• Turkish Breakfast

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    January 19th, 2011adminFood, Istanbul

    My first real Turkish breakfast overlooked the Black Sea. It was June and I was still totally disoriented in Istanbul. But that first real breakfast, with Osman, marked the beginning of my Istanbul experience. Since then, I’ve always loved Turkish breakfasts …the layers of oregano, pepper and mint, the cheeses and the honey and the sheer leisure it inspires… Here are some photos from a really nice (note: this is not average for me or most people!) Turkish breakfast. These photos were taken in November, right before I left for Greece.

    You can see the olives and eggs (the “menemen” dish, made of egg, onion, tomato, green pepper and spices). There’s also the meat (“sucuk,” a spiced Turkish sausage)  and various cheeses (especially “beyaz peynir,” or white cheese and “kaşar peyniri,” a soft, unpasteurized goat’s milk cheese that’s popular in Turkey and Greece). This breakfast also included dolmas, which are not always in the Turkish breakfast. But my breakfast companion, Cevdet, is a dolma addict. It’s rare that we go to a restaurant without a dolma order.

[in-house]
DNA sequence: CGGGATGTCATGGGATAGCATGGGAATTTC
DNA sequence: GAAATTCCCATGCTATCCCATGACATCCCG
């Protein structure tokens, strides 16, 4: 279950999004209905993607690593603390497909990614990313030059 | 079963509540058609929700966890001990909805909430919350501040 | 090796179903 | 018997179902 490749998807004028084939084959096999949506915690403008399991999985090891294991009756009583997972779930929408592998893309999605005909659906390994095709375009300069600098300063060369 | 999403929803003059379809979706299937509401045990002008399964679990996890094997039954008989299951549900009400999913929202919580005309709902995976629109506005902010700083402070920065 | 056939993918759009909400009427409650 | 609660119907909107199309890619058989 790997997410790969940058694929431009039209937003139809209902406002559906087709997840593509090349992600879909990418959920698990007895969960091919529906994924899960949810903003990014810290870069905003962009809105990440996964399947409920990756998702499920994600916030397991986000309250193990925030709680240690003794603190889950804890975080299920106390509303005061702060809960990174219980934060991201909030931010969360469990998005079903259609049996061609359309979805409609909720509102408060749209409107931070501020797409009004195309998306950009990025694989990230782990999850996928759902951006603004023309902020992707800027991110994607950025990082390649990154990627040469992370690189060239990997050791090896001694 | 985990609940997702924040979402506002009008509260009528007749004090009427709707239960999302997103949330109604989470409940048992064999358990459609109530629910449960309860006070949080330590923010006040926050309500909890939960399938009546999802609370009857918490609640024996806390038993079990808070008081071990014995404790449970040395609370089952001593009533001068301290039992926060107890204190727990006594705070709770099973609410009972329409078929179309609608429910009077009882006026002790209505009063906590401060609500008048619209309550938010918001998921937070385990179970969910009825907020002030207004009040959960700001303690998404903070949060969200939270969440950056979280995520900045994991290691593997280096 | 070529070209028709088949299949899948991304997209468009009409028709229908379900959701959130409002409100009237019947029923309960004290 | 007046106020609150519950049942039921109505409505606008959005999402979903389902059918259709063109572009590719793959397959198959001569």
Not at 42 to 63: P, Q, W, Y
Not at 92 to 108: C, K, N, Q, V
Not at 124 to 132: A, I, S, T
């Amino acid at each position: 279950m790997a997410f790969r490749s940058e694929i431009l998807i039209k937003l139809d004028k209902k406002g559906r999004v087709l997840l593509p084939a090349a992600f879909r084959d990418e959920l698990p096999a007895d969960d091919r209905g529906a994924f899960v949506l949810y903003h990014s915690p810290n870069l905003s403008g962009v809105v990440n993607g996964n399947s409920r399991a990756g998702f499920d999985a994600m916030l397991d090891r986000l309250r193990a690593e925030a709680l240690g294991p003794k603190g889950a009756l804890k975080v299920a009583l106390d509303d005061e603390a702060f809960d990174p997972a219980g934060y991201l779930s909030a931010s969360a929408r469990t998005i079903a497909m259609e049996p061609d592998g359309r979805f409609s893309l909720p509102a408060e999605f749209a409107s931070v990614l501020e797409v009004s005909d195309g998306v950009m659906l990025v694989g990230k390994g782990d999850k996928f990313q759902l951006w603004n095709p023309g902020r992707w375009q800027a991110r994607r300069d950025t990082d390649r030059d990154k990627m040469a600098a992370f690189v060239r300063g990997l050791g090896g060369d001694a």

That flat, circular thing is lahmacun — dough with minced meat — originally from Syrian cuisine of the Levant. And there’s also the ubiquitous Turkish tea (or “çay,” pronounced as “chai”), a black tea that people drink all day. You can also see the vegetables — tomatoes, cucumber — a common element in Middle Eastern breakfasts.

    Next to the lahmacun, you can see the pide (the long thing), which is “pita” in Turkish. Usually, people get cheap, greasy pide on the street with egg and/or cheese inside. When I was in a hurry, I used to grab them a lot. But they grew old quickly. Now, I just like the fancy ones, like this particularly beautiful pide!

    This is me being incredibly happy.

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